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BMW M8 to debut configurable braking system

The high-performance BMW M8 Competition is expected to launch in Australia before year’s end.
Spencer Leech
Contributing Journalist

10 May 2019 • 3 min read

BMW has revealed the M8 Coupe and Convertible will feature a new driver mode display and control system that includes the ability to adjust braking characteristics on the fly.

While M models have long featured configurable engine, chassis, suspension and steering settings, the M8 is the first of its kind to allow drivers to electronically adjust braking feel.

The new system combines the brake activation, booster and braking control functions into a compact module to save weight, and the pedal pressure is controlled by an electric actuator to allow for more precise intervention from the stability control system

Drivers can adjust the brake pedal pressure for a more sedate or performance-oriented feel by toggling between the system’s Comfort and Sport modes.

In Competition guise, the M8 is also equipped with a new M Mode, which allows the driver to activate Road, Sport and Track settings, altering the information presented on the in-car screens and deactivating or reducing intervention from the safety assistance technologies.

Drivers will be able to adjust engine, chassis, suspension, steering and braking settings using a new display and control system. Drivers will be able to adjust engine, chassis, suspension, steering and braking settings using a new display and control system.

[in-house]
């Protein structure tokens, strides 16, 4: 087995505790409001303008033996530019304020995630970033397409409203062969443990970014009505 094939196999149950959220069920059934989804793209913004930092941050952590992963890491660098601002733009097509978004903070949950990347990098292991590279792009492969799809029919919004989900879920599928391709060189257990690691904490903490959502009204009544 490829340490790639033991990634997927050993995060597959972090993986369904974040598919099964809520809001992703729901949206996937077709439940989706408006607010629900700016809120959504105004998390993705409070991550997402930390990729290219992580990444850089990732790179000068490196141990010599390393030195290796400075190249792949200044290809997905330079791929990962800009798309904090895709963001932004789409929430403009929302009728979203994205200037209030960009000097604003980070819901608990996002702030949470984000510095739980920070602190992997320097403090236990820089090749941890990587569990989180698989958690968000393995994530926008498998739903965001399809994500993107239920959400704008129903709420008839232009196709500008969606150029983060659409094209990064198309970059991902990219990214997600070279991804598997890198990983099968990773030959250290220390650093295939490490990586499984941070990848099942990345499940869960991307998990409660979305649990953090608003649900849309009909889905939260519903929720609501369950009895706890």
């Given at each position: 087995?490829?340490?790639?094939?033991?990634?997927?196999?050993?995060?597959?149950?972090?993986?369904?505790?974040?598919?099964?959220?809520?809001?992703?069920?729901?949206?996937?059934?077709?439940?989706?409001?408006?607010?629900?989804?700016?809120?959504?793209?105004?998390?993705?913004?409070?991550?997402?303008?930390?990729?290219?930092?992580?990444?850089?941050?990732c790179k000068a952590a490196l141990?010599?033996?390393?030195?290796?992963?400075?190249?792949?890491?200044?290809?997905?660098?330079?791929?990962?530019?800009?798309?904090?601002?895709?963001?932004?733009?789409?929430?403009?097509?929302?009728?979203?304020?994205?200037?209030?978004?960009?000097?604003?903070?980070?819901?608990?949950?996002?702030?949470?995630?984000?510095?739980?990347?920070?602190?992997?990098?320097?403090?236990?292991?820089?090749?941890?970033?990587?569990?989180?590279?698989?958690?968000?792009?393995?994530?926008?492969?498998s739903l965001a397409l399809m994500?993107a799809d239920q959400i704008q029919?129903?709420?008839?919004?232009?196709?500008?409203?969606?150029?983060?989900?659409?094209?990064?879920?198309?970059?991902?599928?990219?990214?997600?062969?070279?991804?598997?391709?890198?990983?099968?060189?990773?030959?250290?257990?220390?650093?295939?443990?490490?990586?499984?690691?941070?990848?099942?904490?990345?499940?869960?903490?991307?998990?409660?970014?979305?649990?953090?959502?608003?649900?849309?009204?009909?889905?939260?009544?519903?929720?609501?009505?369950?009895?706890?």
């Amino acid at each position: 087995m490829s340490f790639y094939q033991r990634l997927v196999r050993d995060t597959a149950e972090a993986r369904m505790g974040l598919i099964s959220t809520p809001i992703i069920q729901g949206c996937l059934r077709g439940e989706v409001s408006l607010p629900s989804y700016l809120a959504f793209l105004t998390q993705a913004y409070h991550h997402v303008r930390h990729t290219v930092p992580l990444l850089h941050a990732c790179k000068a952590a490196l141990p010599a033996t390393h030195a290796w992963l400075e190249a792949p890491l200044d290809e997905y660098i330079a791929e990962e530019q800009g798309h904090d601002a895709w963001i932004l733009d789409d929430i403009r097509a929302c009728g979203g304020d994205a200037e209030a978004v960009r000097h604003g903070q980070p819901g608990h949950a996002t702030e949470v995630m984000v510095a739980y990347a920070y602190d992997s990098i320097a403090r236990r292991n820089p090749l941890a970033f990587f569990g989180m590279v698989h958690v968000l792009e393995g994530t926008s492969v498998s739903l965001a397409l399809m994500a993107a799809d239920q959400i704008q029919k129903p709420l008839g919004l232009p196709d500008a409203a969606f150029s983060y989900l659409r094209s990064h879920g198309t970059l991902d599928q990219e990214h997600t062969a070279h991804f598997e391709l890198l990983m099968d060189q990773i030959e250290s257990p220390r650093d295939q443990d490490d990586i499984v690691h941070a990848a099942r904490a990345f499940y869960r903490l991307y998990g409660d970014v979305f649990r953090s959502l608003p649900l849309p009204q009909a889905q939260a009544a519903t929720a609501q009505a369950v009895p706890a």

Technical specifications for the flagship 8 Series are scarce, however, BMW Group Australia is expected to launch the M8 in high-spec Competition form later this year.

CarsGuide has contacted BMW for an update on the 8 Series’ status Down Under.

BMW Group Australia recently released the first versions of its 8 Series Coupe and Convertible, with the M850i xDrive priced at $272,900 plus on-road costs for the two-door, and $281,900 for the drop-top.

The M850i xDrive is motivated by a 4.4-litre twin-turbocharged V8 tuned to produce 390kW and 750Nm, the same engine used in the M5 Competition sedan

While there has been speculation that the M8 will draw power from BMW’s 6.6-litre twin-turbo V12 – as featured in the mechanically related 7 Series range – it's far more likely to utilise a tuned version of the turbo V8.

BMW has also confirmed that rear-wheel-drive sDrive 8 Series variants are on the horizon, however, exact timing and pricing have yet to be revealed.

Should brake settings be made controllable on more performance vehicles? Tell us your thoughts in the comment section below.